In a sign of the challenges ahead for Trump from social media censors and their journalistic allies as the 2020 campaign heats up, the New York Times is pouting that Facebook won’t censor a Trump campaign ad attacking Joe Biden over his son’s sketchy dealings in Ukraine. Reporter Cecilia Kang fretted on the front of Wednesday’s Business Day that “Facebook Won’t Pull Ads That Lie.”
After avoiding it for decades, the Times has embraced the word “lie” during Donald Trump’s administration, and now uses it in a headline to pressure Facebook, in effect working the refs for Joe Biden and Democrats in general. Now it’s a “lie” to accuse Biden of helping his son’s business dealings in Ukraine, which is a step up from the paper’s previous favorite word for the controversy, “unsubstantiated” (click “expand”):
The 30-second video ad released by the Trump campaign last week is grainy, and the narrator’s voice is foreboding. Former Vice President Joseph R. Biden Jr., it says, offered Ukraine $1 billion in aid if the country pushed out the man investigating a company tied to Mr. Biden’s son.
Saying it made false accusations, CNN immediately refused to air the advertisement.
But Facebook did not, and on Tuesday, the social network rejected a request from Mr. Biden’s presidential campaign to take it down, foreshadowing a continuing fight over misinformation on the service during the 2020 election as well as the impeachment inquiry into President Trump.
In a letter to the Biden campaign, Facebook said the ad, which has been viewed five million times on the site, did not violate company policies. Last month, the social network, which has more than two billion users, announced that politicians and their campaigns had nearly free rein over content they post there.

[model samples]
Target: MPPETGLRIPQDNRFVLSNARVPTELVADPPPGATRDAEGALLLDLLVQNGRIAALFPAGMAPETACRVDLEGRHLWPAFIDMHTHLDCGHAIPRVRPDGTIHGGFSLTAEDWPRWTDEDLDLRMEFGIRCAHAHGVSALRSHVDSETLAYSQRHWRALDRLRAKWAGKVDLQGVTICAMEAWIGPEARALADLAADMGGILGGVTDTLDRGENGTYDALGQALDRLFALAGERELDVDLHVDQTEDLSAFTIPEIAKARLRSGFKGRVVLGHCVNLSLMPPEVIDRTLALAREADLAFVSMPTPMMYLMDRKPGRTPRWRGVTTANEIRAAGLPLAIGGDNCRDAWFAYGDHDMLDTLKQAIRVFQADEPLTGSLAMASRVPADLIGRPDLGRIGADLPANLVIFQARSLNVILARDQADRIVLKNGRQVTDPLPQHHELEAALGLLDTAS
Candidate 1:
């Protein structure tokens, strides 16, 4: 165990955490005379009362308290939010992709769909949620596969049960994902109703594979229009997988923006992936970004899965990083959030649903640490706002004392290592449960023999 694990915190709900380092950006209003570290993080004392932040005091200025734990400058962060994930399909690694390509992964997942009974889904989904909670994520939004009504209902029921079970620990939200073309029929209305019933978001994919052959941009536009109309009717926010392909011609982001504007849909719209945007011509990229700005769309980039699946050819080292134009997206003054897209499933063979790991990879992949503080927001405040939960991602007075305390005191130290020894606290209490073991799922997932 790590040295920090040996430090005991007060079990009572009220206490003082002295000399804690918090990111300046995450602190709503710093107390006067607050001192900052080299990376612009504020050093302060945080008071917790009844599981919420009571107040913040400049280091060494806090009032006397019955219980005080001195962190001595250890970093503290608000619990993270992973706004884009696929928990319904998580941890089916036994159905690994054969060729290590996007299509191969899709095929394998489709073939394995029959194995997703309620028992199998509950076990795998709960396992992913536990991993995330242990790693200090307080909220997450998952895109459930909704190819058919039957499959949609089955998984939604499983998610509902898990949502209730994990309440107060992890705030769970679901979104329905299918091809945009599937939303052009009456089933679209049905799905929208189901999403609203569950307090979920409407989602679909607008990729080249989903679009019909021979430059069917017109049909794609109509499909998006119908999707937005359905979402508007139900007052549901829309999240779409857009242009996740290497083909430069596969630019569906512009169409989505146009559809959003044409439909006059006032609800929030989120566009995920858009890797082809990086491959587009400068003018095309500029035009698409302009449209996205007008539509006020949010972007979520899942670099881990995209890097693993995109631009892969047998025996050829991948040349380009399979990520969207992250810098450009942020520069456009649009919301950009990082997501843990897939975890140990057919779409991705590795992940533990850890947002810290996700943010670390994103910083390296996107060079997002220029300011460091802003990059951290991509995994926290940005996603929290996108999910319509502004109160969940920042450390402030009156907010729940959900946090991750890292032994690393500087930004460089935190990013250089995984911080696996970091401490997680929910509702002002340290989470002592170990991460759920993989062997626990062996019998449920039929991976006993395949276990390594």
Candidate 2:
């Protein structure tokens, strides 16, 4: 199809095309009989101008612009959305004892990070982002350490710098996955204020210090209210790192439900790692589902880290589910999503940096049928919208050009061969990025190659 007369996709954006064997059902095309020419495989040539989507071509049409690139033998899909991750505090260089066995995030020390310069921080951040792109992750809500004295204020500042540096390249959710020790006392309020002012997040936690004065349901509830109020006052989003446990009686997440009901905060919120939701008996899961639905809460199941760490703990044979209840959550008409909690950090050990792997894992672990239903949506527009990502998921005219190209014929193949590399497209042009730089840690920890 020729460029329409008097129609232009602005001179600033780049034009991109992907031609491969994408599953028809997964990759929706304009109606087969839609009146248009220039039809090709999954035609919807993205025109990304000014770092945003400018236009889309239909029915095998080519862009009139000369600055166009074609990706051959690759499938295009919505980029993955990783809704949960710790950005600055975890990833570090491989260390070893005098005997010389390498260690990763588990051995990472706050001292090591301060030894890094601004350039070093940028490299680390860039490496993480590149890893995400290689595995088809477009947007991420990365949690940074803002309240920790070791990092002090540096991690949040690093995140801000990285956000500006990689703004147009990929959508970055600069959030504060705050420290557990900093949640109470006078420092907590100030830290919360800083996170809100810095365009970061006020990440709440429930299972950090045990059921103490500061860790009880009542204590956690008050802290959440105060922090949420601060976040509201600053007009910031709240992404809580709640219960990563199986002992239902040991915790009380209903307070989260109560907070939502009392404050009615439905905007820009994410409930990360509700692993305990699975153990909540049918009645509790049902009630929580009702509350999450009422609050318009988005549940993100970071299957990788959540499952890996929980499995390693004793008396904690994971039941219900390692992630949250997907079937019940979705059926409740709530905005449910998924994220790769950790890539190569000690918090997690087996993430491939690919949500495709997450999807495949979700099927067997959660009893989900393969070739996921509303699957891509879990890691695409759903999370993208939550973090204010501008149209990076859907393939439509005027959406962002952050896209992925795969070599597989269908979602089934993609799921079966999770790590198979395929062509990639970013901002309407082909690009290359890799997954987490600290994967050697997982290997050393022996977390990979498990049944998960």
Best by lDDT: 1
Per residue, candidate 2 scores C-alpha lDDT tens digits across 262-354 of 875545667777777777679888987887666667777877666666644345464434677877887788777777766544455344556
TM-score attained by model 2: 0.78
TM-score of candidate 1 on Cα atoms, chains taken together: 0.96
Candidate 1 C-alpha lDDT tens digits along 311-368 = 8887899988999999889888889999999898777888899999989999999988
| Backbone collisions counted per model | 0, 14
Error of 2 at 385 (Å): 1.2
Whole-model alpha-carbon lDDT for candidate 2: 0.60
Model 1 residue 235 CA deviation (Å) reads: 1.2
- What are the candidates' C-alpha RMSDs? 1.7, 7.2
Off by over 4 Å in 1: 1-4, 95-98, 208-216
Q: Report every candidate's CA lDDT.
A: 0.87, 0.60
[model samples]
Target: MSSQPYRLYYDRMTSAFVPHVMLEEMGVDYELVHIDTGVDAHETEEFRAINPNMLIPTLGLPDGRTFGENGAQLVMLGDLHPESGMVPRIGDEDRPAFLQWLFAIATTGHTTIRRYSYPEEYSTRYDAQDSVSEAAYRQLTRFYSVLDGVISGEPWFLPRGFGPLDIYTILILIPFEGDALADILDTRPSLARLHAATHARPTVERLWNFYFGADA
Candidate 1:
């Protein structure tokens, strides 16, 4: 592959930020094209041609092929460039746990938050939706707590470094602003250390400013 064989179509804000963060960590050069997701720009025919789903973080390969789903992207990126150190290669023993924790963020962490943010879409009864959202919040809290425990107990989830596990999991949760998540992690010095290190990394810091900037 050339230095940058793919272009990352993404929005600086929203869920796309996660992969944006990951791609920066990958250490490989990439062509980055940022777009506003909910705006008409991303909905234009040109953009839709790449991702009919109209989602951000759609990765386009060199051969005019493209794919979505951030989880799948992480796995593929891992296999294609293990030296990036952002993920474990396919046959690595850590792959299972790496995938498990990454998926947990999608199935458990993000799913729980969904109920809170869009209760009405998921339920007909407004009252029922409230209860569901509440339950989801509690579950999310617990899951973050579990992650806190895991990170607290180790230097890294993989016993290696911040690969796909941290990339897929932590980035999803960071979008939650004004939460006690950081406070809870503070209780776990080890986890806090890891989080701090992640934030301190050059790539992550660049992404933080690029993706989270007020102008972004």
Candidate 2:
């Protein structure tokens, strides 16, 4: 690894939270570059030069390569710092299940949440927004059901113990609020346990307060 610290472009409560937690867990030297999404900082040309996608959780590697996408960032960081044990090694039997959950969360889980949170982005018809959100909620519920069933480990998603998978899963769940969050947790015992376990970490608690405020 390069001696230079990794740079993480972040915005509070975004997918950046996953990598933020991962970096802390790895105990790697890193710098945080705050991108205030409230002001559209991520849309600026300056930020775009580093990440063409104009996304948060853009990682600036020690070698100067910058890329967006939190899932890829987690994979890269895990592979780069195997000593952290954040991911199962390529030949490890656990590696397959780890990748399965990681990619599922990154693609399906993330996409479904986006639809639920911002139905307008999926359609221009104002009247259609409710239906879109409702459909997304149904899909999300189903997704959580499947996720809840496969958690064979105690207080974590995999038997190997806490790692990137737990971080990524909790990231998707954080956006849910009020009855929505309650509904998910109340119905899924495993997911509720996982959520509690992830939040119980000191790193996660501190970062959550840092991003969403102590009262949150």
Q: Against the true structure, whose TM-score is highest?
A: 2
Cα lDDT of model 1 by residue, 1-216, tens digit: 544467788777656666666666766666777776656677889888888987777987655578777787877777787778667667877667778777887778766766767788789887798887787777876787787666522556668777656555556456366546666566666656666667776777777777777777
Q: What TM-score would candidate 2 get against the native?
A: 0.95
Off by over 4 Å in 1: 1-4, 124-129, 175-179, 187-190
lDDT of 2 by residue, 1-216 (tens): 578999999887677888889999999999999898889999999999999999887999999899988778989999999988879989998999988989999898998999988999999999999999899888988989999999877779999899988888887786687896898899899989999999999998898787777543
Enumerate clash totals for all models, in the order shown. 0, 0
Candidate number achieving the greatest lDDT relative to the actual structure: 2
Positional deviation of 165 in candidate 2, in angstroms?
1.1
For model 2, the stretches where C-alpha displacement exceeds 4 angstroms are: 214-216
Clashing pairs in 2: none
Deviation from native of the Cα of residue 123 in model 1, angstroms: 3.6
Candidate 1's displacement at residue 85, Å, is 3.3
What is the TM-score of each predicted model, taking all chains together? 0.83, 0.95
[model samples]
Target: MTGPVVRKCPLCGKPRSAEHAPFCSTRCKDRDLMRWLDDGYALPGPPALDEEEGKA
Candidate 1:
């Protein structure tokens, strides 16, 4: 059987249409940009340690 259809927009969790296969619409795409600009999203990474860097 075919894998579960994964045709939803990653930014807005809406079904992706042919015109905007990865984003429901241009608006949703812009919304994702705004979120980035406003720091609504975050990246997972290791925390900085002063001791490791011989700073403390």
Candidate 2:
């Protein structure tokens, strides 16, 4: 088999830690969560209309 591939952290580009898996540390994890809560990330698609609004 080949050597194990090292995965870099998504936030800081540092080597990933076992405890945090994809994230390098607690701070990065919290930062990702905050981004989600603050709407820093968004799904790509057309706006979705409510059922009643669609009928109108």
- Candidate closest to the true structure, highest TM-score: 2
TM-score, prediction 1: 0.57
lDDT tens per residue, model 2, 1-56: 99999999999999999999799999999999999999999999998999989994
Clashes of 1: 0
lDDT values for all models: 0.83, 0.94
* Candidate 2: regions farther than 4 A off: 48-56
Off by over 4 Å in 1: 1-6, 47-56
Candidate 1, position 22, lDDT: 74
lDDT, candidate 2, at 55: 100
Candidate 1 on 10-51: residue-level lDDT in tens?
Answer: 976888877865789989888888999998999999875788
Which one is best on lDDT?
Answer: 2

Kang was disturbed not about the Biden campaign’s attempt to squelch an opposing view, but at Facebook for daring to run an ad unapproved by liberal fact-checkers (click “expand”):
Even false statements and misleading content in ads, the company has said, are an important part of the political conversation.
The decision by the company illustrates its executives’ hardened resolve to stay out of the moderation of political speech, despite the use of the social network to spread discord and disinformation in the 2016 presidential campaign. On Tuesday, the Republican-led Senate Intelligence Committee released a sobering report warning of fresh signs of interference by Russia and other foreign nations in the 2020 election.
The company’s position stands in contrast to CNN, which rejected two ads from the Trump campaign last week, including the one the Biden campaign asked Facebook to take down. The cable channel said it rejected the ad because it “makes assertions that have been proven demonstrably false by various news outlets.”
Facebook has been dogged by accusations of censorship by conservative politicians, including President Trump, who argue that the Silicon Valley company gives greater attention to liberal points of views on the social network.
There is no evidence that Mr. Biden, during his time as vice president, pushed for the dismissal of the Ukrainian prosecutor general to help his son Hunter Biden. The former vice president, along with other members of the Obama administration and other international leaders, pushed for the removal of the prosecutor, Viktor Shokin, because of accusations that he ignored corruption.
She cited Biden campaign manager Greg Schultz heavily, perhaps because he cited the mainstream press and a "fact checker" in Biden's defense:
Mr. Schultz wrote that the vice president’s call for a new prosecutor in Ukraine’s investigation of a company was supported by the European Union, the International Monetary Fund and the World Bank. He included clippings from The Washington Post and Factcheck.org that debunked the claims of Mr. Biden’s motives of squashing the investigation to benefit his son.
Kang really covered the waterfront, finding another Biden spokesman:
T.J. Ducklo, a spokesman for Mr. Biden, wrote in an email that “Donald Trump has demonstrated he will continue to subvert our democratic institutions for his own personal gain, but his shortcomings are no excuse for companies like Facebook to refuse to do the right thing.”
In August 2018, Kang wondered why it was so difficult for Twitter to “rid its site of harassment, misinformation, and the promotion of fringe hate groups.” (Defined by who?)